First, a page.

Walked a pasty 2.5 year old 1/2 a mile down the road in just a vest, in rain and 10 degrees C because 'I no want jumper, just ELEPHANT VEST' - a priceless look. The distaining glares were painful. The eventual compromise was a formidable jumper under vest combo that again triggered pitiful gazes from passers by.

With my bare hands, picked up a soggy stool in the bath mistaking it for a sponge... it was more of a wring (as one does to empty a sponge) than a gentle scoop, not pretty, not pretty at all.

Cracked open the Doritos, Galaxy and Malbec. After all we all made it to the end of the day relatively unscathed and I got 3 whole questions correct in University Challenge, well done me.

Sunday, 27 September 2015

man up and move on

'I am afraid it wasn't a bad dream'

'You dreamt about it all night too??'

'You told me you would wake up this morning and think it was "all a bad dream" between forlorn muttering about being 'ambushed' and 'gutted' and well, here it is: we really did lose to Wales'

The first conversation in our household this morning. A
 weary, shocked man in need of support to clamber out of this period of mourning. And with it I see the following 30 years unfold before me; relentlessly riding the highs and lows, ebbs and flows of a tumultuous, avid engagement in all that is sport.. assuming our offspring continue the rich vein of sporting obsession threaded through their heritage. I am ready.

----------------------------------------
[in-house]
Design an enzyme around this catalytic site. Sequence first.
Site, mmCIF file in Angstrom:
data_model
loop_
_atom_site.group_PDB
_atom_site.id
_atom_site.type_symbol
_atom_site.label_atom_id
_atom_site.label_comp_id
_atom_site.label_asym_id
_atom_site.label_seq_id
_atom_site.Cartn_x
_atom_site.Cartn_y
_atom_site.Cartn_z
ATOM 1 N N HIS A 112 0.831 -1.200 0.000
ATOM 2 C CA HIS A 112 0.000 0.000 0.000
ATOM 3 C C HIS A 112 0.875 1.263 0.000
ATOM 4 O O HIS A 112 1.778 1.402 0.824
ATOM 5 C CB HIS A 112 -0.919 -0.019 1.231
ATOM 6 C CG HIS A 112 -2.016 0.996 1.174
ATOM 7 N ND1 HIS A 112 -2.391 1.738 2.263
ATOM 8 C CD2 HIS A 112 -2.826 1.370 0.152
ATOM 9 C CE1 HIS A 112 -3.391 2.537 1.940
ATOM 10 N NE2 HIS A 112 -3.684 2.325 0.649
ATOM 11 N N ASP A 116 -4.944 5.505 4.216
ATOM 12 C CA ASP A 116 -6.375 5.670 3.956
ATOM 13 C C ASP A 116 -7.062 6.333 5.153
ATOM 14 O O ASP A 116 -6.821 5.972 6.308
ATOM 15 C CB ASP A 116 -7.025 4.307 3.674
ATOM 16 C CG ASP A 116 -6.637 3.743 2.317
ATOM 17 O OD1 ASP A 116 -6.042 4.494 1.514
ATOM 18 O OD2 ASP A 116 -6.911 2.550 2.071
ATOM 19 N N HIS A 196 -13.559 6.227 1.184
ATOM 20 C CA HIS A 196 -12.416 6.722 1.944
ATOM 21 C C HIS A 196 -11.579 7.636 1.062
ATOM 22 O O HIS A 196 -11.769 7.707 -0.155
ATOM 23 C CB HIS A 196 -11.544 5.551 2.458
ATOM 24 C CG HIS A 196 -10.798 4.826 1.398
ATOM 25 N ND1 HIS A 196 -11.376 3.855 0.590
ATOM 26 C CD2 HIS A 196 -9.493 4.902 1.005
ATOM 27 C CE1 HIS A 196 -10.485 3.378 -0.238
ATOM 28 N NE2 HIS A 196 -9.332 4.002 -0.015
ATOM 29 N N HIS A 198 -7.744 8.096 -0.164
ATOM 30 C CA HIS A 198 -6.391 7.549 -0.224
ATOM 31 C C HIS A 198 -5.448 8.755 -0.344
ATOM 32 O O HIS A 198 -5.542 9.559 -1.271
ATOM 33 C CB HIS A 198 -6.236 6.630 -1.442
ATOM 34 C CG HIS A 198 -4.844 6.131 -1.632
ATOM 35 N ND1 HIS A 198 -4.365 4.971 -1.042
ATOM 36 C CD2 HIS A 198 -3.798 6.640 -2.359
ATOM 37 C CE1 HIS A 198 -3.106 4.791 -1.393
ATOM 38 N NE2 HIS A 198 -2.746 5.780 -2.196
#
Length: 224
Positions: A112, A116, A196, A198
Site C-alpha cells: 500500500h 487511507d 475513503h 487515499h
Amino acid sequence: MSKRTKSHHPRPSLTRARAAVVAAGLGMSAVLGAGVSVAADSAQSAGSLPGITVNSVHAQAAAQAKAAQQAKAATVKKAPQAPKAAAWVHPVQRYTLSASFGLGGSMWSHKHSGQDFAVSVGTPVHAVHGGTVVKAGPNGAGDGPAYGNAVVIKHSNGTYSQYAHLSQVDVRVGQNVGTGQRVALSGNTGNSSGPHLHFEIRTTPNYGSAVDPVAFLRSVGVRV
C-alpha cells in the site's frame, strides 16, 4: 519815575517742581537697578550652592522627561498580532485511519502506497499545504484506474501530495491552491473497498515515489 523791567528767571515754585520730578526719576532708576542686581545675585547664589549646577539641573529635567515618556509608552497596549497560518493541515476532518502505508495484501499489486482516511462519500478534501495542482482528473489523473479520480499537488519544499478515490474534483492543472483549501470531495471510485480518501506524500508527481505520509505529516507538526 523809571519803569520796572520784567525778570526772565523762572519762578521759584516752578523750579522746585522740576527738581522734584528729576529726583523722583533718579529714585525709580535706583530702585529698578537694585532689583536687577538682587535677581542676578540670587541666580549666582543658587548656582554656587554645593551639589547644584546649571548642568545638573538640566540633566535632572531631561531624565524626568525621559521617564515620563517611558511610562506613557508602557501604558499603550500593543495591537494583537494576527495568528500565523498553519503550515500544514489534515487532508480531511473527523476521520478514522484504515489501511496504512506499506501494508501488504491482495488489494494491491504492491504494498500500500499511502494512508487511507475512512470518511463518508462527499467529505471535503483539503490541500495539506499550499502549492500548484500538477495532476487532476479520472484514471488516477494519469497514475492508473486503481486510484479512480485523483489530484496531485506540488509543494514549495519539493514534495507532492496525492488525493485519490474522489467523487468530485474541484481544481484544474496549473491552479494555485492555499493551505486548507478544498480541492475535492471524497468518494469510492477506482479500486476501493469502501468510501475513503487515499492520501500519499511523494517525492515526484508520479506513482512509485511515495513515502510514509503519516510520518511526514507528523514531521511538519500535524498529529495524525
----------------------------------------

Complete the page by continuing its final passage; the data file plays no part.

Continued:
We were there yesterday (thank you, thank you Abby, Holly, Banny) - sans children, quaffing pints and absorbing the electric excitement and nervous atmosphere pervading the pubs, parks and streets within a 5 mile radius of the 'home of rugby', it was palpable. Those pure, base, simple, wholesome, uniting aspects of sport are, to me - just wonderful. Casting aside cheating and scandal, in a world where so many conflicts, battles, bitter clashes and narcissism reign - sport seems to unify in a way nothing else can. 

'Twas a liberating day away from nappies, choo choo trains and Postman Pat. I relished as much of the game and atmosphere as I could but couldn't help feeling such an overwhelming mirth at the fascinating social idyll in which I was engulfed that I decided to jot down my afternoon in a series of words for every 10 minute increment and this is how it went..


Happy husband
Random acts of kindness
Oh it's gone fuzzy